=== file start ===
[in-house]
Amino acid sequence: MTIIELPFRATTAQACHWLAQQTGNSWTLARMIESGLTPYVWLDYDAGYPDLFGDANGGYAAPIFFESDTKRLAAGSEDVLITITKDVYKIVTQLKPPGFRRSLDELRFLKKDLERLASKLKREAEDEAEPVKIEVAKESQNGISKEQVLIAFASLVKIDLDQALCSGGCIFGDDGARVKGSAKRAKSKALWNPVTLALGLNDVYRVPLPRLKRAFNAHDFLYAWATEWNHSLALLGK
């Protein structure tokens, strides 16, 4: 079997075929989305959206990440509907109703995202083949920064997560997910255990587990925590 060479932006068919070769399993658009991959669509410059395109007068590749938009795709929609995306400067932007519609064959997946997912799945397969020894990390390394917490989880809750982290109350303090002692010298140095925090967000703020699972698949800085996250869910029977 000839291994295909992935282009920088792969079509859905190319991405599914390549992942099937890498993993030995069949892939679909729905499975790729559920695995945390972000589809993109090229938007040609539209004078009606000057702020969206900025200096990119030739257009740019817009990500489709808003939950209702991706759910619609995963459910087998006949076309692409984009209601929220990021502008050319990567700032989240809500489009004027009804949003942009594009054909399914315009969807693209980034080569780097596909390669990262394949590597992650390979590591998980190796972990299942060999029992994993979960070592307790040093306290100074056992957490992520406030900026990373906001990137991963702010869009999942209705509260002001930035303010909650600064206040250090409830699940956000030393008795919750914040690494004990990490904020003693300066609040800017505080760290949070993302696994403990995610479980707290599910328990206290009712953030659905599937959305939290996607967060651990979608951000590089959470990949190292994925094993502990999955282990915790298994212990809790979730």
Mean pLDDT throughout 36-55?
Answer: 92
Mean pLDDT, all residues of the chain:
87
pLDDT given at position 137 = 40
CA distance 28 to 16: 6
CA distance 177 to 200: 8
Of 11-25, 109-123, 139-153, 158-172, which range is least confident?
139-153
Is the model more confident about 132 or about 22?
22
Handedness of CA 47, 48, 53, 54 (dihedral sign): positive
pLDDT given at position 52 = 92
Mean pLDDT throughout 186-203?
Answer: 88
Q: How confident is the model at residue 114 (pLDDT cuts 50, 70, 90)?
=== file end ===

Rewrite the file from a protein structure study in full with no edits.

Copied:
[in-house]
Amino acid sequence: MTIIELPFRATTAQACHWLAQQTGNSWTLARMIESGLTPYVWLDYDAGYPDLFGDANGGYAAPIFFESDTKRLAAGSEDVLITITKDVYKIVTQLKPPGFRRSLDELRFLKKDLERLASKLKREAEDEAEPVKIEVAKESQNGISKEQVLIAFASLVKIDLDQALCSGGCIFGDDGARVKGSAKRAKSKALWNPVTLALGLNDVYRVPLPRLKRAFNAHDFLYAWATEWNHSLALLGK
């Protein structure tokens, strides 16, 4: 079997075929989305959206990440509907109703995202083949920064997560997910255990587990925590 060479932006068919070769399993658009991959669509410059395109007068590749938009795709929609995306400067932007519609064959997946997912799945397969020894990390390394917490989880809750982290109350303090002692010298140095925090967000703020699972698949800085996250869910029977 000839291994295909992935282009920088792969079509859905190319991405599914390549992942099937890498993993030995069949892939679909729905499975790729559920695995945390972000589809993109090229938007040609539209004078009606000057702020969206900025200096990119030739257009740019817009990500489709808003939950209702991706759910619609995963459910087998006949076309692409984009209601929220990021502008050319990567700032989240809500489009004027009804949003942009594009054909399914315009969807693209980034080569780097596909390669990262394949590597992650390979590591998980190796972990299942060999029992994993979960070592307790040093306290100074056992957490992520406030900026990373906001990137991963702010869009999942209705509260002001930035303010909650600064206040250090409830699940956000030393008795919750914040690494004990990490904020003693300066609040800017505080760290949070993302696994403990995610479980707290599910328990206290009712953030659905599937959305939290996607967060651990979608951000590089959470990949190292994925094993502990999955282990915790298994212990809790979730």
Mean pLDDT throughout 36-55?
Answer: 92
Mean pLDDT, all residues of the chain:
87
pLDDT given at position 137 = 40
CA distance 28 to 16: 6
CA distance 177 to 200: 8
Of 11-25, 109-123, 139-153, 158-172, which range is least confident?
139-153
Is the model more confident about 132 or about 22?
22
Handedness of CA 47, 48, 53, 54 (dihedral sign): positive
pLDDT given at position 52 = 92
Mean pLDDT throughout 186-203?
Answer: 88
Q: How confident is the model at residue 114 (pLDDT cuts 50, 70, 90)?